Thursday, 8 January 2009

The Forth and the Fourth Estate

A belated Happy New Year to all!!!

But it’s not been such a jolly start to 2009 for the SNP Government as they have come in for a pounding over their plans (or lack of as some would have it) for the funding of the new Forth crossing.

That this should be causing the SNP so many difficulties is curious; here we have a once in a generation, essential investment in our transport infrastructure which any normal government would finance from the public purse over a period of many years having this perfectly legitimate and sensible funding option blocked by the UK Treasury.

It should have been a PR gift for the SNP. A Labour Government who thinks nothing of borrowing tens of billions to bail out the banks and, in the process, cause the loss of thousands of Scottish jobs, and thinks nothing of squandering more tens of billions on Trident will not allow the Scottish Government to borrow a couple of billion to ensure the heart of the Scottish economy keeps beating.

It is an utterly indefensible position and the UK Government’s language confirms this. Alastair Darling lambasts the Scottish Government for ruling out PFI/PPP on ideological grounds (as if the ideology of a democratically elected Government should simply be ignored) but on the other hand justifies his rejection of the Scottish Government’s preferred option as ‘that is something we don’t do’. Quite unbelievable.

In the afterglow of their election victory in 2007 it is inconceivable that the SNP would not have made considerable bundles of hay out of this. Since then, however, a few things have changed.

Firstly, the SNP Government and its media machine are having to deal with substantial, difficult to explain issues rather than more populist, easy to present initiatives. There seems to be a lack of thought and planning in how policy and initiatives are being trailed which is leaving gaping holes for journalists and opponents to exploit. For example, it is amazing that anything Labour says on funding the crossing is treated with anything but utter contempt as, if things had been left to them, there would not even be a commitment to the crossing never mind a funding package for it.

Secondly, the media have tired of the good SNP governance story and are now ready to hold the Holyrood administration robustly to account. That is certainly no bad thing, particularly if the SNP reacts and ups it game. That is how a healthy democracy with a free press should operate; continually driving standards upwards.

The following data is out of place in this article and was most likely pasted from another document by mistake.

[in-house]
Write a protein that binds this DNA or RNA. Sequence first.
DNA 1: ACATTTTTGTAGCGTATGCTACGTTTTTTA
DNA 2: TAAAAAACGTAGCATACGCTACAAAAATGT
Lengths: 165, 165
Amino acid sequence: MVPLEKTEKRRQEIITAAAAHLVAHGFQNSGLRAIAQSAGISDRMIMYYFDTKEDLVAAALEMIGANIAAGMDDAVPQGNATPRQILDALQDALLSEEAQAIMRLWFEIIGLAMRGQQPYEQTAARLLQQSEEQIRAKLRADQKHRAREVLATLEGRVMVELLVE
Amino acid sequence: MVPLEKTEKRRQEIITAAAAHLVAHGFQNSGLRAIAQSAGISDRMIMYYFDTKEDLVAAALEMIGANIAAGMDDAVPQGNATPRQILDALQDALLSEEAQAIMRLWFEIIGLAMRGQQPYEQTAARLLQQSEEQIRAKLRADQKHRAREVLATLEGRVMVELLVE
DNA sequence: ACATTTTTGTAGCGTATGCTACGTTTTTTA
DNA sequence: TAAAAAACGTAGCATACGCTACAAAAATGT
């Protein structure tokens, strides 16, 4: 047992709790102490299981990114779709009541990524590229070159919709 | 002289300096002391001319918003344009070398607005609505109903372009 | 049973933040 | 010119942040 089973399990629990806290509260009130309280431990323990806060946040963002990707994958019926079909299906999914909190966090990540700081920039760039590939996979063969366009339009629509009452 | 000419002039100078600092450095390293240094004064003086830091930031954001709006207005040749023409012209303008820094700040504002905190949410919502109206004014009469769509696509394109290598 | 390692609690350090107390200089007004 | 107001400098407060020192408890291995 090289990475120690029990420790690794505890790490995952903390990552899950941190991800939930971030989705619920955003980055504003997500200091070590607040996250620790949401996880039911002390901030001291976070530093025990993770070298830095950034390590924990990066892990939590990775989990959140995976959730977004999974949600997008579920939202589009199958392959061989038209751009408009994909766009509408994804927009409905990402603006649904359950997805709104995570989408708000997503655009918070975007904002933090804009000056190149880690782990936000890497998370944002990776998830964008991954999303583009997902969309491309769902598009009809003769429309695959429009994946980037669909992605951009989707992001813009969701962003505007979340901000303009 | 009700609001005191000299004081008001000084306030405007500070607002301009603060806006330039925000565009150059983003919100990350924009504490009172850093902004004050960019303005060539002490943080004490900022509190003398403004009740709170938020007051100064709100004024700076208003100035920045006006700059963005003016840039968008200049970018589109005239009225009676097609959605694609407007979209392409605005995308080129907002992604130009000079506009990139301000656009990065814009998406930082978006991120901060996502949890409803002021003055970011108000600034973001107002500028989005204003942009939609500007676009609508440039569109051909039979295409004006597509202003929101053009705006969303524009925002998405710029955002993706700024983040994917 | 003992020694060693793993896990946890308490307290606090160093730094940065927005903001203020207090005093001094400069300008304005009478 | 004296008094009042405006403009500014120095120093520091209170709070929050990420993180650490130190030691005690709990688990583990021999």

What is missing is a credible opposition at Holyrood and there are still few signs of this emerging from the Labour benches. David Whitton’s appearance on Newsnight the other night was a pitiful example. Yes, Mr Whitton was very eloquent in spinning the line that had been handed down from the UK Labour Government but he had no answer when he was asked how Labour would fund the crossing. That is not going to be good enough when Scotland is choosing its next Government and it begs the question whether Iain Gray and his team have anything to add to the debate themselves or whether they have now been firmly put in their place as Murphy’s Mouthpiece at Holyrood.

With the LibDems still struggling to make themselves relevant (and appearing increasingly desperate with their unfunded tax cut proposals) in addition to Labour’s ineptitude and the SNP’s seemingly endless list of challenges, there is a huge opportunity for the Tories to advance at the expense of all the other parties.

I wonder if Thatcher’s legacy has worn off sufficiently to allow 2009 to be the year of the great Tory revival in Scotland?

1 comment:

Stephen Glenn said...

Hey Westie. Having a case of the new year writer's block?
Well maybe this will inspire you.

I've tagged you to partake in the Carnival on Modern Liberty. Having followed what you've written before I know you have something to contribute. So I'll look forward to reading it.